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    econlib | 29 min
    3 reads4 comments
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    econlib
    3 reads
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    • deephdave
      Top reader this weekReading streakScout
      1 week ago

      The problem which we meet here is by no means peculiar to economics but arises in connection with nearly all truly social phenomena, with language and with most of our cultural inheritance, and constitutes really the central theoretical problem of all social science. As Alfred Whitehead has said in another connection, “It is a profoundly erroneous truism, repeated by all copy-books and by eminent people when they are making speeches, that we should cultivate the habit of thinking what we are doing. The precise opposite is the case. Civilization advances by extending the number of important operations which we can perform without thinking about them.” This is of profound significance in the social field. We make constant use of formulas, symbols, and rules whose meaning we do not understand and through the use of which we avail ourselves of the assistance of knowledge which individually we do not possess. We have developed these practices and institutions by building upon habits and institutions which have proved successful in their own sphere and which have in turn become the foundation of the civilization we have built up.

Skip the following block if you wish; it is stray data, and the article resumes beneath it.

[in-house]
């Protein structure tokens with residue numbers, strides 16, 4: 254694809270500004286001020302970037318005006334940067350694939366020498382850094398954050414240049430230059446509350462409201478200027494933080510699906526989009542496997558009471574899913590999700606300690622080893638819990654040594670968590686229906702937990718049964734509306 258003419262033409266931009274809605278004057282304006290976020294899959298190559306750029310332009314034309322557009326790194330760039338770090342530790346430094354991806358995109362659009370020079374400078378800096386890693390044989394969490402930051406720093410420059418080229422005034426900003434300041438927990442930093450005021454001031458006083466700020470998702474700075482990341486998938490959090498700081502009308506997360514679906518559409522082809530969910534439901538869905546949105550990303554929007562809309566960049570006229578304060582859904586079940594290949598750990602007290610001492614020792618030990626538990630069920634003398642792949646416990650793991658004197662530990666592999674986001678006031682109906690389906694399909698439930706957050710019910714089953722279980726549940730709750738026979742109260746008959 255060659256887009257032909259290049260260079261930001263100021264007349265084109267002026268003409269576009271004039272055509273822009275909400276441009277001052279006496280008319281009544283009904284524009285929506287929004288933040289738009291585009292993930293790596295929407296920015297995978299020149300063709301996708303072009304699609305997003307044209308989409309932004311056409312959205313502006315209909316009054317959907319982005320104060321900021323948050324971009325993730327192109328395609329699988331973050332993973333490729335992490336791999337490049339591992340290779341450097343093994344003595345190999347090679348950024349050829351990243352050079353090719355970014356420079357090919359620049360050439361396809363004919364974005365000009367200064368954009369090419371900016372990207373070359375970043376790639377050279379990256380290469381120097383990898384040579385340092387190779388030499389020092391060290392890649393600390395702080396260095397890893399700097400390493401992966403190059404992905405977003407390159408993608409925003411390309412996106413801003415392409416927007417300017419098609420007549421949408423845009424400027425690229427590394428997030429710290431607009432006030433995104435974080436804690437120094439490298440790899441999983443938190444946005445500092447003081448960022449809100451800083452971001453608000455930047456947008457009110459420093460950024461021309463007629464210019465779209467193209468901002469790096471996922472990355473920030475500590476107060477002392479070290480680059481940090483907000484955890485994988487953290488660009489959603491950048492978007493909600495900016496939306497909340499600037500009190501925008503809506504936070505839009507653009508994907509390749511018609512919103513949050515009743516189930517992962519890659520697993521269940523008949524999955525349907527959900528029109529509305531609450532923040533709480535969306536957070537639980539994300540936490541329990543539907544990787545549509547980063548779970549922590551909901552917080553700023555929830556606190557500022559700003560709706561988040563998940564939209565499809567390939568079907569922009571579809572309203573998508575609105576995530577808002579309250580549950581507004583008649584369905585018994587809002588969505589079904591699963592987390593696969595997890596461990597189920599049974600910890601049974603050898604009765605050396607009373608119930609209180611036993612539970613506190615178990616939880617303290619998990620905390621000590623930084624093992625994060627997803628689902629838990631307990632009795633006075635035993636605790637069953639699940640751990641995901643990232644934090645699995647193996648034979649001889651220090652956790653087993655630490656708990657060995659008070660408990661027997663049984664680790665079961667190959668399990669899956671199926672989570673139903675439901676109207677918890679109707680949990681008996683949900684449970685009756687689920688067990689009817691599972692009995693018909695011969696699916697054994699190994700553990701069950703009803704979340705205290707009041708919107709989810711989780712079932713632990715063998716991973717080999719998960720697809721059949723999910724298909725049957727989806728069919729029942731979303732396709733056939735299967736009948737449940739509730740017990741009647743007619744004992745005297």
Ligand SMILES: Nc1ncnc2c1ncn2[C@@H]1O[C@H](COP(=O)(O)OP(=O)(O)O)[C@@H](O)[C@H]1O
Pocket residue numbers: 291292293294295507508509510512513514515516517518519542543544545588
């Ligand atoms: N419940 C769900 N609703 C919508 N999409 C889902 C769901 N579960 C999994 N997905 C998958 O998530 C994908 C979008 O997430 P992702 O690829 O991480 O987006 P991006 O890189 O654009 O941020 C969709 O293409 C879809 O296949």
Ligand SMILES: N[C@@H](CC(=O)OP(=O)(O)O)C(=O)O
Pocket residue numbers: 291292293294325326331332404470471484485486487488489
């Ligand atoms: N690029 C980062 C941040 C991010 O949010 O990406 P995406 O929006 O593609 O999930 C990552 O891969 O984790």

• jeff
        Top reader this weekScribe
        1 week ago

        So glad to see this got another read! If I could pin one article to the top of my profile this would be it for sure.

    • SEnkey
      ScoutScribe
      1 year ago

      Marvel - That emergent markets are neither consciously created or recognized. Hayek does a great service pointing out the problem of having all the needed information. It just isn't possible.

    • jeff
      Top reader this weekScribe
      1 year ago

      This is at once both a technical argument for decentralization and a beautiful meditation on the emergent phenomena of civilization and society. Hayek's words of caution on the use of data and statistics for broad top-down decision making are at least as relevant today as they were when they were written back in 1945.